Oahu attorney Randall Rosenberg said in a prepared written statement that: "By stepping forward, Nancy is helping expose a horrible, serial pattern of abuse. We hope her bravery will inspire other potential victims on Oahu and Maui, to help them heal from these unspeakable acts."
Spencer's decision to bring her story to light stemmed from seeing an obituary for Taba and learning that he had moved to Maui and remained part of the Salvation Army.
She said she believed that Taba was fired after her mother reported the abuse to police and Salvation Army authorities decades ago. She knew Taba was no longer at the Salvation Army site she had attended as a child.
Reading the obituary "brought it all back," she said. Spencer reflected on her assault on Oahu and thought Taba might have harmed others on Maui. She said she felt betrayed and believed that the Salvation Army had "swept it under the rug" by transferring Taba to another island.
"I'm doing this only because he was still in the church," she said. "This was 54 years ago (that the assault happened). Who knows what happened after that?"
Spencer said she saw a newspaper advertisement from attorneys regarding a state law enacted last year that allows a two-year window for victims of child abuse to sue for damages, no matter how long ago the abuse occurred in Hawaii. She said she decided to call the attorneys about her case.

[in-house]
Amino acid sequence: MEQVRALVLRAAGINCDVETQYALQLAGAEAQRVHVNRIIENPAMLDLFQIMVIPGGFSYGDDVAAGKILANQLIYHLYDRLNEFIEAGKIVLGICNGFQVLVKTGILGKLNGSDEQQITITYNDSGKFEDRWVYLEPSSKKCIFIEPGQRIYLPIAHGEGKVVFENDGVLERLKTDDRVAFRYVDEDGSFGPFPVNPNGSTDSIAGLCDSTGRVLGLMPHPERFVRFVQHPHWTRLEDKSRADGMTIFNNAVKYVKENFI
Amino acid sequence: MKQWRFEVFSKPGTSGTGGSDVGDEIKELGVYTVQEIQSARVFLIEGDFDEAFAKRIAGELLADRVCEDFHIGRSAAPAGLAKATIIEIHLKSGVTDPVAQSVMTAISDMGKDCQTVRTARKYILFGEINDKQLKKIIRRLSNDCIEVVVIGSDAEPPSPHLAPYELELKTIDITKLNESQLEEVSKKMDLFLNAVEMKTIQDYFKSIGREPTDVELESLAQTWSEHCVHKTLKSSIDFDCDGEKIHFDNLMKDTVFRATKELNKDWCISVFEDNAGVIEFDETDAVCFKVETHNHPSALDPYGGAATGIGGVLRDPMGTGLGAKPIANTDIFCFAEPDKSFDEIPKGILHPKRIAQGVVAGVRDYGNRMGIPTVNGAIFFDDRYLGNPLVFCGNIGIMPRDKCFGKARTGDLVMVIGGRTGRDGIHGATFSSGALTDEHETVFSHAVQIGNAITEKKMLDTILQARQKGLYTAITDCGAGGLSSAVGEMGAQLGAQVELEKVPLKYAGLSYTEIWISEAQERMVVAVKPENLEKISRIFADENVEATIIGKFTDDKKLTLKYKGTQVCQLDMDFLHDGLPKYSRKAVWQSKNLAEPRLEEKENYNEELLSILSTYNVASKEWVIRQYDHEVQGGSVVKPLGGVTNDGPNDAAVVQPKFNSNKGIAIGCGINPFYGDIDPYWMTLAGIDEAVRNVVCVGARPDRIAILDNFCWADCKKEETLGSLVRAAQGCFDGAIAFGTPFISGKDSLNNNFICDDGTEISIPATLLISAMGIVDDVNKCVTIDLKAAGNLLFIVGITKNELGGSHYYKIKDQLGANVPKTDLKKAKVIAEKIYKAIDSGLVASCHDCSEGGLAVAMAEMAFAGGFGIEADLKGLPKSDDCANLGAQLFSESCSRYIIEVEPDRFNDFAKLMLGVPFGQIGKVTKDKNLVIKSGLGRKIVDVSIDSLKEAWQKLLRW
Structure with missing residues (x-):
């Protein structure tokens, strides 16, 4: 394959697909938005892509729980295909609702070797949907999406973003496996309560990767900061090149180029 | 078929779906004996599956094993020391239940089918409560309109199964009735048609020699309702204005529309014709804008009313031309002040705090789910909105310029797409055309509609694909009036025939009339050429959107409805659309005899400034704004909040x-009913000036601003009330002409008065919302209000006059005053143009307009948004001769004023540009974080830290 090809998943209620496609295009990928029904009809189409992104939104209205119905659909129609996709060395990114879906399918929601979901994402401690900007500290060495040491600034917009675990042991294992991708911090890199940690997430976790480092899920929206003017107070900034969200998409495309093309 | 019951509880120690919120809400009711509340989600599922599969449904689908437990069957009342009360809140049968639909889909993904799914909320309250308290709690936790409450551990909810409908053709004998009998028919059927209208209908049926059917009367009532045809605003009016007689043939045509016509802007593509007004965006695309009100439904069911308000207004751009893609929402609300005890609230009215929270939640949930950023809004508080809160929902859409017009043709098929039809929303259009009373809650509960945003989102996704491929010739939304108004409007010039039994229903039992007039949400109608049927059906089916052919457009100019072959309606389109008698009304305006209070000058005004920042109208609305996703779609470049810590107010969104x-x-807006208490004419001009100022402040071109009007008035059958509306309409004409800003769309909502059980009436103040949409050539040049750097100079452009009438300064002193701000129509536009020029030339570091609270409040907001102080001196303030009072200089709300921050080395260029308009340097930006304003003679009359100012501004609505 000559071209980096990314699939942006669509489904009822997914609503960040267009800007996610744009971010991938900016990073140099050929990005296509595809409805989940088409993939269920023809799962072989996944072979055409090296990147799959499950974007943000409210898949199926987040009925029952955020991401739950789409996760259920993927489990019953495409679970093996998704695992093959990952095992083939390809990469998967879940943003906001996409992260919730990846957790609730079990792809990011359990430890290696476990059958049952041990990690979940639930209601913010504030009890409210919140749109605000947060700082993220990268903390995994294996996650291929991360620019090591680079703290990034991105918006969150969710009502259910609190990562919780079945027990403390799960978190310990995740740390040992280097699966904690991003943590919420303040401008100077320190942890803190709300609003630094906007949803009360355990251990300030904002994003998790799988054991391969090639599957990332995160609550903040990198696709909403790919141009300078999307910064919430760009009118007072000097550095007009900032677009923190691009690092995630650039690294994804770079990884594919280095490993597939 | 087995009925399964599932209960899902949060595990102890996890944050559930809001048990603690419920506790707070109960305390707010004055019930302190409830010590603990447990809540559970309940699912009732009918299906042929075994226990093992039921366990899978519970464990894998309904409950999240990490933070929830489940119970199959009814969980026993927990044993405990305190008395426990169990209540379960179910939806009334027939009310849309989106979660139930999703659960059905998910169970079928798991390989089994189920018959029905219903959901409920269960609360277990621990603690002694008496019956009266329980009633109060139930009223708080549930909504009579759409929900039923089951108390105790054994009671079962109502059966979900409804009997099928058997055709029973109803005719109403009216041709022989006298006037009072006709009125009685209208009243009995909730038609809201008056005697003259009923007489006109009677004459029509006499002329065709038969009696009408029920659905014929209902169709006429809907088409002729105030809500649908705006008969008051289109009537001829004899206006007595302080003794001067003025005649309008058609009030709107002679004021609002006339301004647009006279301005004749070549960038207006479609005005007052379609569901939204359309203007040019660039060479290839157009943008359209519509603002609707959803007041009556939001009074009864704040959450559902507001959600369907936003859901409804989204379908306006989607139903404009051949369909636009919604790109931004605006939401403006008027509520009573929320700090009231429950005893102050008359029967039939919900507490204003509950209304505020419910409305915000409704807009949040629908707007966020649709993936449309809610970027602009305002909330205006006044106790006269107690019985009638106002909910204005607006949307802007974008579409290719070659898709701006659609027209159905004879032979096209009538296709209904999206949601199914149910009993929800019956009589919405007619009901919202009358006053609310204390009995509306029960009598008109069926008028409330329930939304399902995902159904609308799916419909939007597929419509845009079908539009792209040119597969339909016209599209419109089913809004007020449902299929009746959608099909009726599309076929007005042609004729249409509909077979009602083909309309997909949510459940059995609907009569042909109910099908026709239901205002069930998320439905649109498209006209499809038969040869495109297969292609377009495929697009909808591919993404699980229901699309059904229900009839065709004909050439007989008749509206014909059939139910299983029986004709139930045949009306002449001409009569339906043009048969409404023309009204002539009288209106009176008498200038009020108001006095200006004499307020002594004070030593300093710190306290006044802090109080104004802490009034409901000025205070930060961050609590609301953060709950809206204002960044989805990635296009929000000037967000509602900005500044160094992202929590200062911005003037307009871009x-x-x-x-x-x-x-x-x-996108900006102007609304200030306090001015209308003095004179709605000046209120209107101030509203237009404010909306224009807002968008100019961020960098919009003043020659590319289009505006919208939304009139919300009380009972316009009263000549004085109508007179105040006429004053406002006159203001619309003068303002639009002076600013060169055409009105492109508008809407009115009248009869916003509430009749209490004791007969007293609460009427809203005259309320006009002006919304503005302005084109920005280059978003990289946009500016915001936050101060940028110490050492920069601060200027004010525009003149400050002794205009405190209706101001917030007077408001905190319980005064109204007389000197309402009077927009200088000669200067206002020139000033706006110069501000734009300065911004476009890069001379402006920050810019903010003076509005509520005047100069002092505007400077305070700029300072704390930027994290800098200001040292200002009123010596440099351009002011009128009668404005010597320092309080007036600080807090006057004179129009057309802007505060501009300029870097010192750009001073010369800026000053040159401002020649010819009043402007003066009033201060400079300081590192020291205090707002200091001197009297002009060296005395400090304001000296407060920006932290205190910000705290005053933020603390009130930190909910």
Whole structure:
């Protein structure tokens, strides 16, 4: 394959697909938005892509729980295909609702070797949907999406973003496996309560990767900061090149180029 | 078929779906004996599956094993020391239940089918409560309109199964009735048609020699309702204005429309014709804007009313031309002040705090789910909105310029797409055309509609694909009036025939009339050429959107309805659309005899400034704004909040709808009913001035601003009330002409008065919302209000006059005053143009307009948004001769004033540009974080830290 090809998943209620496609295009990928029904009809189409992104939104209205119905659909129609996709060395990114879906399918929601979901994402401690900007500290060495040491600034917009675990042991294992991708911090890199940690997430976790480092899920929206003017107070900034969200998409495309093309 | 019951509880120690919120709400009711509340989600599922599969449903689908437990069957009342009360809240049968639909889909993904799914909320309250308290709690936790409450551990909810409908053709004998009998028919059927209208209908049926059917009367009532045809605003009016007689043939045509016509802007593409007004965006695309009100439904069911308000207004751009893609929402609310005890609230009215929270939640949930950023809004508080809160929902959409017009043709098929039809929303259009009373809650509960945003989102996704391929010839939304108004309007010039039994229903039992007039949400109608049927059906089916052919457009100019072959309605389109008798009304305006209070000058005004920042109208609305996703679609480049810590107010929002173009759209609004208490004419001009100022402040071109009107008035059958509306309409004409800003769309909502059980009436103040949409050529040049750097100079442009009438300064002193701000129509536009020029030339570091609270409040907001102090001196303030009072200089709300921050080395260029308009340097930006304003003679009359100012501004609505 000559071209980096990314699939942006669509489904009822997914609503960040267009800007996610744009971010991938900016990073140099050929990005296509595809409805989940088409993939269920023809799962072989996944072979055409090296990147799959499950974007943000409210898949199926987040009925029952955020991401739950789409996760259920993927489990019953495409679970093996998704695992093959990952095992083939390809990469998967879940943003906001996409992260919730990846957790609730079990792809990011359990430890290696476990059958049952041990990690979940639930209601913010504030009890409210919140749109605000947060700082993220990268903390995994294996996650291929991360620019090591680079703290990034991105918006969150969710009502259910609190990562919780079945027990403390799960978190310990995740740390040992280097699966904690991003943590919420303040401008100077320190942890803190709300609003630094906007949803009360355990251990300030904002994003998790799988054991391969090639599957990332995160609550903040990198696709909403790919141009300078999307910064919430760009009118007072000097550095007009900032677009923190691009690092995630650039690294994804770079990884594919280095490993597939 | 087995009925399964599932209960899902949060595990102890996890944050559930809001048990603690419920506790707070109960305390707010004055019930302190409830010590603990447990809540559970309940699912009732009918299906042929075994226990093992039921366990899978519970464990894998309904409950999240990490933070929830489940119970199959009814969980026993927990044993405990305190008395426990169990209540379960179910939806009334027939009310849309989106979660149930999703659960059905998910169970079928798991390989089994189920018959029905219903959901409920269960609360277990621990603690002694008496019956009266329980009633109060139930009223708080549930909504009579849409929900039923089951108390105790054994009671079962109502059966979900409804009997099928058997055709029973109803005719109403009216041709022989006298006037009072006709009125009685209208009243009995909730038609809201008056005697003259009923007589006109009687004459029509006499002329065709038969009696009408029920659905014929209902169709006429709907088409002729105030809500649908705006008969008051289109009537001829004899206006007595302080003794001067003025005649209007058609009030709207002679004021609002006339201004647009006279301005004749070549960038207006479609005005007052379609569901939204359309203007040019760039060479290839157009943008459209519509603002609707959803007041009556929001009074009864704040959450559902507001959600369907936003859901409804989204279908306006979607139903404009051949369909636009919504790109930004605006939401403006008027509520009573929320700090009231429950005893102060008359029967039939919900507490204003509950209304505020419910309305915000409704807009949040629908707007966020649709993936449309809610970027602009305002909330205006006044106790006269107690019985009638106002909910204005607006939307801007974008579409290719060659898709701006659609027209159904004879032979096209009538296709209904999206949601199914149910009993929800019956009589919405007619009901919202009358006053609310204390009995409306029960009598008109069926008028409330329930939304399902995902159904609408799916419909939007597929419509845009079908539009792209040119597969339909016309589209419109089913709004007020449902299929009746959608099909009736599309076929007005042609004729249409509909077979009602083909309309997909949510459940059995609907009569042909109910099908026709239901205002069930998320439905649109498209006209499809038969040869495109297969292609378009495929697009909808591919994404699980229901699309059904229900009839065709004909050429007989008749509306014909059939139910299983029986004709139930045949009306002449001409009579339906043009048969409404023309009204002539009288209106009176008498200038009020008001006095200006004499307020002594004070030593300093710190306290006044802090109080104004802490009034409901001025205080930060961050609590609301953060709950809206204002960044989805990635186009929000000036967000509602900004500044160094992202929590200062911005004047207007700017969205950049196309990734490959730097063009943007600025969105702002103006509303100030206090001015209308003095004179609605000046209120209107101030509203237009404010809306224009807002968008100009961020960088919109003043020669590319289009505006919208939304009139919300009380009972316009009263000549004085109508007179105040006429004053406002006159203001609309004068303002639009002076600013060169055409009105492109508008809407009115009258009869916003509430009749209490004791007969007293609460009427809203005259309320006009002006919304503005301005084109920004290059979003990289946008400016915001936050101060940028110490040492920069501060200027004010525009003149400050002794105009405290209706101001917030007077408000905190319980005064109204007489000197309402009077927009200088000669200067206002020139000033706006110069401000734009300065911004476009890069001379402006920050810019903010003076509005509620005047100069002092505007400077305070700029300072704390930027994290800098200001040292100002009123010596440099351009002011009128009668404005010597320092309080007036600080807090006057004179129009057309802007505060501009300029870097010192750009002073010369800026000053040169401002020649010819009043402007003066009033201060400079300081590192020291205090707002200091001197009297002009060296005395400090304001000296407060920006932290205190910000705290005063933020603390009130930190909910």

Her attorneys are with the Honolulu firm of Rosenberg & McKay, which in this case is also working with the firm of James, Vernon and Weeks, P.A., which has offices in Idaho and Washington state.
This case is the second of such lawsuits brought by Rosenberg & McKay under the new state law.
The first involved claims of six alleged victims against the Roman Catholic Diocese of Honolulu. That lawsuit was filed Feb. 21 on Oahu. Attorneys said that they have received numerous calls from other survivors who will be added soon to that lawsuit.
Leander L. James, of James, Vernon and Weeks, said that when a lawsuit like this is filed it's not just about getting a settlement, but such cases help protect children from possible future abuse, hold organizations accountable and can provide victims some relief by going through the legal process.
He added that Spencer isn't the norm because she wanted to come forward publicly about her story, while many victims don't want to be identified.
James was the principal architect of a $166.1 million settlement with the Northwest Jesuits, also involving nonmonetary relief, for more than 524 claims of child sexual abuse spanning three decades in five states.
Spencer's family had sought counseling services from Taba at the Salvation Army.
Spencer said her mother was a single mother, and they were poor. The assaults got worse and worse, and while she knew that what was going on was wrong, she believed that Taba was "a man of God" as a minister, and she was the bad person. But, after one of the more severe assaults, she ran away from Taba's office and told her mother.
Spencer said she believes that there were other children who also suffered abuse from Taba. The lawsuit says Taba was a minister with the Salvation Army for more than 55 years, including 40 years while on Maui.
Spencer's attorneys said they are investigating to see if there were any criminal charges filed against Taba. They are also seeking personnel records from the Salvation Army.
Spencer said she had no official counseling after the assault, pointing out that at the time there were not many programs for victims of sexual abuse.
Over the years, she said she was able to go on with her life. She is married and has two adult children. She works as a special education assistant.
* Melissa Tanji can be reached at firstname.lastname@example.org.